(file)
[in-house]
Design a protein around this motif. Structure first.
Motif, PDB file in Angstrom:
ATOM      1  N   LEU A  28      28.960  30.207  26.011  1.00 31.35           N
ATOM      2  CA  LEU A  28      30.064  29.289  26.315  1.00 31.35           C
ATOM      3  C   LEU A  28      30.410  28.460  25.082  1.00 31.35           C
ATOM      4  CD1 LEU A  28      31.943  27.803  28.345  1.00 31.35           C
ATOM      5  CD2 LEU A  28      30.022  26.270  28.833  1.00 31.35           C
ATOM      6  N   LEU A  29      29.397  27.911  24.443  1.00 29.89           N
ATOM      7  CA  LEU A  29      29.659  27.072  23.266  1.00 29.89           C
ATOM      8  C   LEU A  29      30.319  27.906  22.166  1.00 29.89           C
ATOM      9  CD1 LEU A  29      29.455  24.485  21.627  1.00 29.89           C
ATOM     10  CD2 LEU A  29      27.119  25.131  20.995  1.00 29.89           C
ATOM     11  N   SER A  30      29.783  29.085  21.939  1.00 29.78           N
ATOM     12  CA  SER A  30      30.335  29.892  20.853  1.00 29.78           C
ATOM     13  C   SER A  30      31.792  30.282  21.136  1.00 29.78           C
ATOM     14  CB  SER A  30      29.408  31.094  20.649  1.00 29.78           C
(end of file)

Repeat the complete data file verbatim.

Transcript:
[in-house]
Design a protein around this motif. Structure first.
Motif, PDB file in Angstrom:
ATOM      1  N   LEU A  28      28.960  30.207  26.011  1.00 31.35           N
ATOM      2  CA  LEU A  28      30.064  29.289  26.315  1.00 31.35           C
ATOM      3  C   LEU A  28      30.410  28.460  25.082  1.00 31.35           C
ATOM      4  CD1 LEU A  28      31.943  27.803  28.345  1.00 31.35           C
ATOM      5  CD2 LEU A  28      30.022  26.270  28.833  1.00 31.35           C
ATOM      6  N   LEU A  29      29.397  27.911  24.443  1.00 29.89           N
ATOM      7  CA  LEU A  29      29.659  27.072  23.266  1.00 29.89           C
ATOM      8  C   LEU A  29      30.319  27.906  22.166  1.00 29.89           C
ATOM      9  CD1 LEU A  29      29.455  24.485  21.627  1.00 29.89           C
ATOM     10  CD2 LEU A  29      27.119  25.131  20.995  1.00 29.89           C
ATOM     11  N   SER A  30      29.783  29.085  21.939  1.00 29.78           N
ATOM     12  CA  SER A  30      30.335  29.892  20.853  1.00 29.78           C
ATOM     13  C   SER A  30      31.792  30.282  21.136  1.00 29.78           C
ATOM     14  CB  SER A  30      29.408  31.094  20.649  1.00 29.78           C